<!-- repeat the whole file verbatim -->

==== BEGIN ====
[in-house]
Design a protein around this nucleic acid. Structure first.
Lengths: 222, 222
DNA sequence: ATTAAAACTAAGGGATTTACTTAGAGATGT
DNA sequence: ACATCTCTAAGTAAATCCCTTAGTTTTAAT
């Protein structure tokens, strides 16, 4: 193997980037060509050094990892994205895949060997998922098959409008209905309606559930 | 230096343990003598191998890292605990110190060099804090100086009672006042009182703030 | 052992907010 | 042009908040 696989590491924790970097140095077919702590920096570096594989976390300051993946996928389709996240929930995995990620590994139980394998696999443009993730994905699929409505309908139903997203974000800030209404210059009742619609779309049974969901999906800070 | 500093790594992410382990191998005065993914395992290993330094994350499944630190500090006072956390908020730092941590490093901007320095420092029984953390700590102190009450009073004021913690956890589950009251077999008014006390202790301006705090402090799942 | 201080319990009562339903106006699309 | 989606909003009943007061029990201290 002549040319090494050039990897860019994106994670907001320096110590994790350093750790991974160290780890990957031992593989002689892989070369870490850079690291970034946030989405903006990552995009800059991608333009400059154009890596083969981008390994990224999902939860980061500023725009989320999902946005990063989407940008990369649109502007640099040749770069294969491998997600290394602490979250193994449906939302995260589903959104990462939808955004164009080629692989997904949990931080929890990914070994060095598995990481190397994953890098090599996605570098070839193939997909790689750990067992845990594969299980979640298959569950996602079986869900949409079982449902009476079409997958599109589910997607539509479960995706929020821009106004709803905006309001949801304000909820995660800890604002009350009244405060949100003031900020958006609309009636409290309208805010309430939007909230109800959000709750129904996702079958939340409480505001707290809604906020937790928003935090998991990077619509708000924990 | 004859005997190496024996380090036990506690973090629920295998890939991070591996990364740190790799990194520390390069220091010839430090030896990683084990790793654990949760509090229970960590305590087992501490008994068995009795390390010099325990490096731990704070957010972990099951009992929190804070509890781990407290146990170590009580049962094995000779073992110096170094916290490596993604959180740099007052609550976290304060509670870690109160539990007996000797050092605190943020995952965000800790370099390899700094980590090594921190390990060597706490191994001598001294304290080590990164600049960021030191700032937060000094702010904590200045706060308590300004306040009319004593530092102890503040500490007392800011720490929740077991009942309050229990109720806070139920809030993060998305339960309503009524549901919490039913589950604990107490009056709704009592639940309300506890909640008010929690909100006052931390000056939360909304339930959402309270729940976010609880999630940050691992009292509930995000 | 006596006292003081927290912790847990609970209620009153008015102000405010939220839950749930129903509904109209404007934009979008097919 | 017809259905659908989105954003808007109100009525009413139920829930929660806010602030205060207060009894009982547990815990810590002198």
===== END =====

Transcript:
[in-house]
Design a protein around this nucleic acid. Structure first.
Lengths: 222, 222
DNA sequence: ATTAAAACTAAGGGATTTACTTAGAGATGT
DNA sequence: ACATCTCTAAGTAAATCCCTTAGTTTTAAT
């Protein structure tokens, strides 16, 4: 193997980037060509050094990892994205895949060997998922098959409008209905309606559930 | 230096343990003598191998890292605990110190060099804090100086009672006042009182703030 | 052992907010 | 042009908040 696989590491924790970097140095077919702590920096570096594989976390300051993946996928389709996240929930995995990620590994139980394998696999443009993730994905699929409505309908139903997203974000800030209404210059009742619609779309049974969901999906800070 | 500093790594992410382990191998005065993914395992290993330094994350499944630190500090006072956390908020730092941590490093901007320095420092029984953390700590102190009450009073004021913690956890589950009251077999008014006390202790301006705090402090799942 | 201080319990009562339903106006699309 | 989606909003009943007061029990201290 002549040319090494050039990897860019994106994670907001320096110590994790350093750790991974160290780890990957031992593989002689892989070369870490850079690291970034946030989405903006990552995009800059991608333009400059154009890596083969981008390994990224999902939860980061500023725009989320999902946005990063989407940008990369649109502007640099040749770069294969491998997600290394602490979250193994449906939302995260589903959104990462939808955004164009080629692989997904949990931080929890990914070994060095598995990481190397994953890098090599996605570098070839193939997909790689750990067992845990594969299980979640298959569950996602079986869900949409079982449902009476079409997958599109589910997607539509479960995706929020821009106004709803905006309001949801304000909820995660800890604002009350009244405060949100003031900020958006609309009636409290309208805010309430939007909230109800959000709750129904996702079958939340409480505001707290809604906020937790928003935090998991990077619509708000924990 | 004859005997190496024996380090036990506690973090629920295998890939991070591996990364740190790799990194520390390069220091010839430090030896990683084990790793654990949760509090229970960590305590087992501490008994068995009795390390010099325990490096731990704070957010972990099951009992929190804070509890781990407290146990170590009580049962094995000779073992110096170094916290490596993604959180740099007052609550976290304060509670870690109160539990007996000797050092605190943020995952965000800790370099390899700094980590090594921190390990060597706490191994001598001294304290080590990164600049960021030191700032937060000094702010904590200045706060308590300004306040009319004593530092102890503040500490007392800011720490929740077991009942309050229990109720806070139920809030993060998305339960309503009524549901919490039913589950604990107490009056709704009592639940309300506890909640008010929690909100006052931390000056939360909304339930959402309270729940976010609880999630940050691992009292509930995000 | 006596006292003081927290912790847990609970209620009153008015102000405010939220839950749930129903509904109209404007934009979008097919 | 017809259905659908989105954003808007109100009525009413139920829930929660806010602030205060207060009894009982547990815990810590002198």